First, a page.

At Grayfords, we understand the need to prioritise your children’s wellbeing when going through a divorce or separation. Our solicitors are specialists in child matters and want to help you achieve exactly that.
Whether you are concerned about visitation, residency, or maintenance, we have the experience and expertise to make sure your rights as a parent are protected. Let us help you with whatever you need – whether that is filling out the paperwork, negotiating, or going to court – and work tirelessly to ensure that your wishes are being considered and your family is being taken care of.
We handle the broad issues concerning child matters, including:
- Child contact and residence
- Grandparents and Grandchildren
- Financial Matters
- Child abduction
- Parental responsibility
Frequently asked questions
How can Grayfords assist me with child contact issues?
Grayfords solicitors can advise you on the process of deciding on child residence and contact arrangements (also known as custody). We can help by negotiating with the other parent, making applications to court and advocating on your behalf.
Whatever your concern, we are always ready to act. Our solicitors are expert negotiators and have immense experience in child custody cases, which means that they are more than equipped to secure the outcome you deserve.
What is Parental Responsibility?
Parental Responsibility refers the legal authority to make decisions which relate to a child’s upbringing. “An individual who has been granted Parental Responsibility is to be considered the parent of the child.
Determining and providing for the child’s education, determining the child’s religion and consenting to the child’s medical treatment or marriage are among the many important rights and duties of individuals assigned this responsibility.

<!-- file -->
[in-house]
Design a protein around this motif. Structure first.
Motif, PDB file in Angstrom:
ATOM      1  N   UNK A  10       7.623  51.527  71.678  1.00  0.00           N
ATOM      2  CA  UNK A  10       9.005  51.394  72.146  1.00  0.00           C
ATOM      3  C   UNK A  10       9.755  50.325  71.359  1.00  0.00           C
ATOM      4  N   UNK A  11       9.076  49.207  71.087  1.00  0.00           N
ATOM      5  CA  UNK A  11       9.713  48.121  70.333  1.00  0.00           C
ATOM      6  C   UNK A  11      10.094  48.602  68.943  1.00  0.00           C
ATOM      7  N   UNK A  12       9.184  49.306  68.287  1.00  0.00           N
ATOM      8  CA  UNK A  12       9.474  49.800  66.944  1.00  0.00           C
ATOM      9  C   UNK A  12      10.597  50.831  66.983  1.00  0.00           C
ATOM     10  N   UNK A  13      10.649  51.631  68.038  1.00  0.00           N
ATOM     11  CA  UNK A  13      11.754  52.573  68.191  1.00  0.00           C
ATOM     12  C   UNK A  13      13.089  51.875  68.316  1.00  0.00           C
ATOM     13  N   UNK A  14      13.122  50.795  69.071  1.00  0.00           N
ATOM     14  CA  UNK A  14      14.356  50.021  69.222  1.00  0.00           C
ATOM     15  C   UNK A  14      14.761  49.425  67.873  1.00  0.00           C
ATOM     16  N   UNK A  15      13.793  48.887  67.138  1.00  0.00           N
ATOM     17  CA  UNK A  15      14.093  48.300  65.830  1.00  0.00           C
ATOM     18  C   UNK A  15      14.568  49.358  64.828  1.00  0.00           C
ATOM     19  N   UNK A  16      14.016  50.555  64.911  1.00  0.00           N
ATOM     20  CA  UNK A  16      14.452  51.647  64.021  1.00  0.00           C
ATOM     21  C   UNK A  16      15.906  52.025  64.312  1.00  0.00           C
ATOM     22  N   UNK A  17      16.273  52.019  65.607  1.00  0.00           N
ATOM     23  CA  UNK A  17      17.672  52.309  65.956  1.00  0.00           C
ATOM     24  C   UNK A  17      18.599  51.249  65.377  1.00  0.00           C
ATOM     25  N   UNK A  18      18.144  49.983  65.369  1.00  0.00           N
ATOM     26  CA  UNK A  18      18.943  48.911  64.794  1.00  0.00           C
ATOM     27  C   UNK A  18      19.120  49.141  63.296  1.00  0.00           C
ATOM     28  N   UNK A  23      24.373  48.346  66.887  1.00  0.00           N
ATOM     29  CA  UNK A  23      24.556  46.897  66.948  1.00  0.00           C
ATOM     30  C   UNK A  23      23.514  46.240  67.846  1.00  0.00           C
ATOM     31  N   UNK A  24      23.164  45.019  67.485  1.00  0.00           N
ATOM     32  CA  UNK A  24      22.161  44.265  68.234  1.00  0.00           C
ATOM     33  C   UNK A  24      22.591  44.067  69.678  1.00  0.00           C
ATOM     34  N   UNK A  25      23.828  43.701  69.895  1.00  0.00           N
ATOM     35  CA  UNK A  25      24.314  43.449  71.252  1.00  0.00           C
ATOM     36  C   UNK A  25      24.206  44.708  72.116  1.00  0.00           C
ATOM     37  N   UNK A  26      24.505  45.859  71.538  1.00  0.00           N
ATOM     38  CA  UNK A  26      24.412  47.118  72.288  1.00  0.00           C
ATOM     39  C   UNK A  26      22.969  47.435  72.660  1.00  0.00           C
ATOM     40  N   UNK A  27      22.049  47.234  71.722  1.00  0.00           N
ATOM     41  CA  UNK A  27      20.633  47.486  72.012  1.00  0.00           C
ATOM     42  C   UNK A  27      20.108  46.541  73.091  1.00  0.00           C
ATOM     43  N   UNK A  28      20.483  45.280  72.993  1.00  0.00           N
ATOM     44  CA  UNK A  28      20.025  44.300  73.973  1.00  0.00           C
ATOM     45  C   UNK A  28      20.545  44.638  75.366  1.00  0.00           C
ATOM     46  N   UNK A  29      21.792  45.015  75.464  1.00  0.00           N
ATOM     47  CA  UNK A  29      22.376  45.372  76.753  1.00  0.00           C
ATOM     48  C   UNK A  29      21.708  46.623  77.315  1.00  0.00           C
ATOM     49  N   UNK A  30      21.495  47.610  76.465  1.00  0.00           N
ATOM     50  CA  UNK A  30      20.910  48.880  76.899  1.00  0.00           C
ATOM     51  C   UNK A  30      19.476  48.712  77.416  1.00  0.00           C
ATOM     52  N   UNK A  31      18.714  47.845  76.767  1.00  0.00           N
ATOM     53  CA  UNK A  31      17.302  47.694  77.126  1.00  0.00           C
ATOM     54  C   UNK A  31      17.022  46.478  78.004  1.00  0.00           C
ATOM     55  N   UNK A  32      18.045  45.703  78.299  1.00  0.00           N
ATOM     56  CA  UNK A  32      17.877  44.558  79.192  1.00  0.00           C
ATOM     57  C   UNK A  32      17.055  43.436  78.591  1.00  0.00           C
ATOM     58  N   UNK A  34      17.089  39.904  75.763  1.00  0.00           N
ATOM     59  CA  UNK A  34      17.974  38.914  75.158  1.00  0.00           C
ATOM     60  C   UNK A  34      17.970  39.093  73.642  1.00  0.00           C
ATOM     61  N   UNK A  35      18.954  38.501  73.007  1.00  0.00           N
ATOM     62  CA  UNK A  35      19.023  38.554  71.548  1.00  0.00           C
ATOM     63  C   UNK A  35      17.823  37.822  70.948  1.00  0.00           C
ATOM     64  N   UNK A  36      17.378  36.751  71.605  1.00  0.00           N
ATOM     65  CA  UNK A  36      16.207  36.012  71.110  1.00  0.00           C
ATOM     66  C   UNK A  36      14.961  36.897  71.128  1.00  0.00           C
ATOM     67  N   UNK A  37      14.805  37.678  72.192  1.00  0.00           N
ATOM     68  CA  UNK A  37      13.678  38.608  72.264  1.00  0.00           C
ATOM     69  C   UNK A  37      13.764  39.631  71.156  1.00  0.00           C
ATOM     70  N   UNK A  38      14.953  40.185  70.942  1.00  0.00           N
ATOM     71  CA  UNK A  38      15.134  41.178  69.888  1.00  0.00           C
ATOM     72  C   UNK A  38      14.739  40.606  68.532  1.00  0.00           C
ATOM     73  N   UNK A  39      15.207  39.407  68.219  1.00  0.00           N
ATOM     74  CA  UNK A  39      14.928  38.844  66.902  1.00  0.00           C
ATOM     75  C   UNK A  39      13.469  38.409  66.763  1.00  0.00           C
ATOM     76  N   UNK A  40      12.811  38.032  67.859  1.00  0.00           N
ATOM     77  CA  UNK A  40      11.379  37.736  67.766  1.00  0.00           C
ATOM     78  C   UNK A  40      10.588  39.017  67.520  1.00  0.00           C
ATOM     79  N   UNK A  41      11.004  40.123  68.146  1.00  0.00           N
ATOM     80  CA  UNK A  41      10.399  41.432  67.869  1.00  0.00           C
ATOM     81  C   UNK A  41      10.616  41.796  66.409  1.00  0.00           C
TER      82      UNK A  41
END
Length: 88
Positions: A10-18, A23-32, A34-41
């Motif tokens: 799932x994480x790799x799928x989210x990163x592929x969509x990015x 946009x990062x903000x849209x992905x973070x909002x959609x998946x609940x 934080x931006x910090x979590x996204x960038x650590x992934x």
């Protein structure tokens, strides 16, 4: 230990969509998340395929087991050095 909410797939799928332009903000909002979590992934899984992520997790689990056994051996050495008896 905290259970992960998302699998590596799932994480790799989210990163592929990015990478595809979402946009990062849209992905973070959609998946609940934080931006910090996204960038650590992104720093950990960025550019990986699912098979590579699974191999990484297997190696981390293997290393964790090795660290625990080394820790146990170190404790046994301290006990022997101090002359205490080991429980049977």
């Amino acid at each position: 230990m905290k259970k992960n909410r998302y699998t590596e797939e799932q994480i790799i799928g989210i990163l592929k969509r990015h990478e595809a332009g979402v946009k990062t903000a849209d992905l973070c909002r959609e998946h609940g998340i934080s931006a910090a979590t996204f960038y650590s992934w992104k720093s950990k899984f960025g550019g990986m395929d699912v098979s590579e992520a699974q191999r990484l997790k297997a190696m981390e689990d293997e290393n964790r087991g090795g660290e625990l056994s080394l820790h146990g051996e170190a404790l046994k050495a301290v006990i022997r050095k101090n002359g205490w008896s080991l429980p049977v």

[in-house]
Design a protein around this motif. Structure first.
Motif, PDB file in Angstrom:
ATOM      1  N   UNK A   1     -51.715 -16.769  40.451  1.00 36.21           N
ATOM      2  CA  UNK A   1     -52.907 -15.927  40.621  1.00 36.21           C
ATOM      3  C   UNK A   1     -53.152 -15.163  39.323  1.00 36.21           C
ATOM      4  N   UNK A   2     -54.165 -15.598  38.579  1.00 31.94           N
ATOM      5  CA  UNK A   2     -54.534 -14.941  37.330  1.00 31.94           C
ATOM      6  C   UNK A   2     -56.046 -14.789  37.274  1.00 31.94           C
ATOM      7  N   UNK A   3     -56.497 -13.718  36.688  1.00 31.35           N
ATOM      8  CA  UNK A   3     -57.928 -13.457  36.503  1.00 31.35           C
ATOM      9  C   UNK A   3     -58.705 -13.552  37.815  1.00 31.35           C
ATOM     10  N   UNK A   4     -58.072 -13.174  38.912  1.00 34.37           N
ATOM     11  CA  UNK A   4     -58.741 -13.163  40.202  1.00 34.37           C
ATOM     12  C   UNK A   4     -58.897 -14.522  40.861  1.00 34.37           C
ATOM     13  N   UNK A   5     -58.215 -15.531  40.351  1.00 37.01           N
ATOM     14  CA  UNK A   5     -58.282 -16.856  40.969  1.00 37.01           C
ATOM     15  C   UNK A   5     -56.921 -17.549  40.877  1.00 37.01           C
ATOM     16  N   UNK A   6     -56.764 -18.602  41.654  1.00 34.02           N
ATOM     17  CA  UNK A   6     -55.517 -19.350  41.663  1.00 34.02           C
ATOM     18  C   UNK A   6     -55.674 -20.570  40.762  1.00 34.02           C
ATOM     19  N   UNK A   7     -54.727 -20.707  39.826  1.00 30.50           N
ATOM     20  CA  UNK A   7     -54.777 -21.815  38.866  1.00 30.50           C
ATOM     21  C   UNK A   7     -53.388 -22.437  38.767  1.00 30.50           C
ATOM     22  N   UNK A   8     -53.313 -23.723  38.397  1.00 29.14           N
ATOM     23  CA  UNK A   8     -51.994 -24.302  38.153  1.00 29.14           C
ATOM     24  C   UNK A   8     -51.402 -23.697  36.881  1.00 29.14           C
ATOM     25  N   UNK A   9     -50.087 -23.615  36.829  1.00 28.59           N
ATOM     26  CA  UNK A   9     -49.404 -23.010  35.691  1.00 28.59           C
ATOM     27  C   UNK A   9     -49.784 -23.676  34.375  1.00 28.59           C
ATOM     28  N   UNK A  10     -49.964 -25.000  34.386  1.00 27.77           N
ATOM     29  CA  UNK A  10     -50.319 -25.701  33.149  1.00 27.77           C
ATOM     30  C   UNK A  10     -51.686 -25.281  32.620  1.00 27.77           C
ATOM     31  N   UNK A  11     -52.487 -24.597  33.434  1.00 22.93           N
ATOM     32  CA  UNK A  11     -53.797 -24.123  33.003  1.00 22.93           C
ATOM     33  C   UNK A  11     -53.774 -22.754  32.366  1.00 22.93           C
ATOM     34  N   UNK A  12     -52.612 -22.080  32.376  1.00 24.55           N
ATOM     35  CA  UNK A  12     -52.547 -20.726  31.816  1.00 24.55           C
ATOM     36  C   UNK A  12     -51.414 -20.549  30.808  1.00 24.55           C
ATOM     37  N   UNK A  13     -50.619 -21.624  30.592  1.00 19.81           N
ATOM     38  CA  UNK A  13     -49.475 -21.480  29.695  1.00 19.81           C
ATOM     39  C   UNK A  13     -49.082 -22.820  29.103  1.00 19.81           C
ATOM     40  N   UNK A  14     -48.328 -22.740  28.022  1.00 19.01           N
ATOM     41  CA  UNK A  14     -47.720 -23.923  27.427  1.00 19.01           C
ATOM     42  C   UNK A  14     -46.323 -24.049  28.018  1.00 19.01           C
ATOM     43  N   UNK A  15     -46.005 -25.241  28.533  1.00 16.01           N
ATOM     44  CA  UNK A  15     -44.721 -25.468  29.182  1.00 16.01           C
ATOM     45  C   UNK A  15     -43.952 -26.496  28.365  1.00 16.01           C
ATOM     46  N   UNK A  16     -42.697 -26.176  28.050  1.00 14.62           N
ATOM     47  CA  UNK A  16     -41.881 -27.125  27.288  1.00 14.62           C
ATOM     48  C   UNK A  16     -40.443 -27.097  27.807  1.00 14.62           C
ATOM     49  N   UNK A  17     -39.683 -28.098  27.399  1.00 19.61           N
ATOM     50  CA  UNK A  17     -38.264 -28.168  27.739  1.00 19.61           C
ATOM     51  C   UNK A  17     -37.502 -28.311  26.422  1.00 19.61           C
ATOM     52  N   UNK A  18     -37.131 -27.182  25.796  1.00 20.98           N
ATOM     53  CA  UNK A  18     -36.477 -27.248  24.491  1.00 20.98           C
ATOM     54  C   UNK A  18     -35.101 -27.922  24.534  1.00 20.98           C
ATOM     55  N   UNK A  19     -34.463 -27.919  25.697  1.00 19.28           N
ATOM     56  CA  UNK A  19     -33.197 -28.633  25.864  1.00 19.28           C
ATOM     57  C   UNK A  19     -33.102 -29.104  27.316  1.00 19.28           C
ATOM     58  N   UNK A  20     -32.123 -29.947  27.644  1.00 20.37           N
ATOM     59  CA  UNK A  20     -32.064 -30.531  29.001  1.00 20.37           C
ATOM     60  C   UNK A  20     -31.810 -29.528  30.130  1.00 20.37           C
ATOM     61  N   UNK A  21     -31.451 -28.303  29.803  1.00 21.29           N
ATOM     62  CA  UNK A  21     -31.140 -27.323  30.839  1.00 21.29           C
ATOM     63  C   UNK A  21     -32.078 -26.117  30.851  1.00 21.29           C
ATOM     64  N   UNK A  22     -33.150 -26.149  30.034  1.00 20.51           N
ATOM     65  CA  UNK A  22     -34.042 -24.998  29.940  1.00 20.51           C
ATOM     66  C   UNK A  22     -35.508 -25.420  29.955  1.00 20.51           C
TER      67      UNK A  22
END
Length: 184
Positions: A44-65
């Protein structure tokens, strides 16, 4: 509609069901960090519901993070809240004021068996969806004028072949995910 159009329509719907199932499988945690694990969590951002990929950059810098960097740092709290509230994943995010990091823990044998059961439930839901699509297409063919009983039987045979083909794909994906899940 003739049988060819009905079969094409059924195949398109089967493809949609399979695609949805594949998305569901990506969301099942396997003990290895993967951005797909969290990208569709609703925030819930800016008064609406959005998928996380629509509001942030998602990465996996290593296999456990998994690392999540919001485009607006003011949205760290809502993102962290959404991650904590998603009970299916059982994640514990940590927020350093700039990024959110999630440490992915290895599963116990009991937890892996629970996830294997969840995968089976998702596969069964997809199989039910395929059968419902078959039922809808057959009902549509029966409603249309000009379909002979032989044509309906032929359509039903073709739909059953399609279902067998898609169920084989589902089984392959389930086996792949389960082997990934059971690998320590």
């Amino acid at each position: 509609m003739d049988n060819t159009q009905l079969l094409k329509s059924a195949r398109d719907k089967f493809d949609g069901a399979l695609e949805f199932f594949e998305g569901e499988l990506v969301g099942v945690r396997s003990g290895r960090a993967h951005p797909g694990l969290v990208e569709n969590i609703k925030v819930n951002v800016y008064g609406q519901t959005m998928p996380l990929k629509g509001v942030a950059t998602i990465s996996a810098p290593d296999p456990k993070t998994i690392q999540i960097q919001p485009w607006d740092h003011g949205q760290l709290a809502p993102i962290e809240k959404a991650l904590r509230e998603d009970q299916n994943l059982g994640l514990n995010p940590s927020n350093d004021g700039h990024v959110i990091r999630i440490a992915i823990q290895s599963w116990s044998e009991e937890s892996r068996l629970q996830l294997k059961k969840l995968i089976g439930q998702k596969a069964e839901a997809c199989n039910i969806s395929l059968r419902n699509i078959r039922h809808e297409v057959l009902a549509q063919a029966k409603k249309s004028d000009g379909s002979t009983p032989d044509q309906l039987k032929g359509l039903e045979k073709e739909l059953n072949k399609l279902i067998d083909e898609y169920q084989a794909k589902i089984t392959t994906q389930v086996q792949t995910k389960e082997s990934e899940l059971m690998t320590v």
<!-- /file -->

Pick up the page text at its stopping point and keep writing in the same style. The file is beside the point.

How can I acquire Parental Responsibility?
Firstly, legal responsibility should not be confused with legal parenthood, which can only be held by two individuals at any given time. During a child’s minority, different individuals can hold Parental Responsibility, and while a court can award it to or remove it from someone, the same is not true for legal parenthood.
Parental Responsibility is automatically conferred on all mothers as well as on the person married or civilly partnered to the mother at the time of the child’s birth. An unmarried parent can also acquire it if the same is named on a child’s birth certificate, through later agreements between parents, or through a Court Order.
As such, Parental responsibility is automatic if the child’s parents are married, while step-parents are able to acquire it either with the consent of both parents or as a result of a Court Order.
It should be noted that Parental Responsibility does not affect succession, citizenship or domicile.
What rights do grandparents have?
Current laws unfortunately do not specify automatic rights that should be granted to grandparents when it comes to visiting and spending time with their grandchildren. As such, child contact involving grandparents will need to be agreed on by individuals holding Parental Responsibility.
Nevertheless, this is not to say that following a complicated divorce, grandparents will be unable to see their grandchildren. At Grayfords, we understand the special bond that grandparents and grandchildren tend to hold, and we want to help maintain it, if possible.